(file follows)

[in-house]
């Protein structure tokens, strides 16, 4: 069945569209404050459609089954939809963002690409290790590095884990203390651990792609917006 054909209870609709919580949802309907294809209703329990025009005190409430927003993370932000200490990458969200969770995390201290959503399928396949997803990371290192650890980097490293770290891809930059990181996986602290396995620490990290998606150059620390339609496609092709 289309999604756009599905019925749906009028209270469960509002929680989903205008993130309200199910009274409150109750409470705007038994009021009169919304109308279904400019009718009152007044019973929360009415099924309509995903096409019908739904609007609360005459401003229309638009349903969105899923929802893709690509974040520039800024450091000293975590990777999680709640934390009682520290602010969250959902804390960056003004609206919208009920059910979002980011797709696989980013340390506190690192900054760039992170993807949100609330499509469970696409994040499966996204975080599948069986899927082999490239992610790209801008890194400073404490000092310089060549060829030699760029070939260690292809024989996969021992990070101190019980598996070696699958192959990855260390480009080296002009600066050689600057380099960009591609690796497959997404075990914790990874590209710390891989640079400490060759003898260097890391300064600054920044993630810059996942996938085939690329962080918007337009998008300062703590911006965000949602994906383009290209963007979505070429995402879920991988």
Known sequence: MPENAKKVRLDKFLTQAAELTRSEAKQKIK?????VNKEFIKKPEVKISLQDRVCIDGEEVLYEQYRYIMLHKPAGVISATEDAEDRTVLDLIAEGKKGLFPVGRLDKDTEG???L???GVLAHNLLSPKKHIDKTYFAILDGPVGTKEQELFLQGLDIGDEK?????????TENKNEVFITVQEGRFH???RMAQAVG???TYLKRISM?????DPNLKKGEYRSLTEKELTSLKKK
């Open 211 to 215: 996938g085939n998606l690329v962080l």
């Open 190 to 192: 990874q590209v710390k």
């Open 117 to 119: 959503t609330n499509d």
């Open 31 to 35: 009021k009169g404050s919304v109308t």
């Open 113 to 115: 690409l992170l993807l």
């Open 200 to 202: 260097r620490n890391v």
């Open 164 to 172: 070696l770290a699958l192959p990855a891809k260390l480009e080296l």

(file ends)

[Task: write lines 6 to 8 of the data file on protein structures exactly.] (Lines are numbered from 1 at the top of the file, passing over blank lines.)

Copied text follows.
């Open 117 to 119: 959503t609330n499509d």
């Open 31 to 35: 009021k009169g404050s919304v109308t």
């Open 113 to 115: 690409l992170l993807l």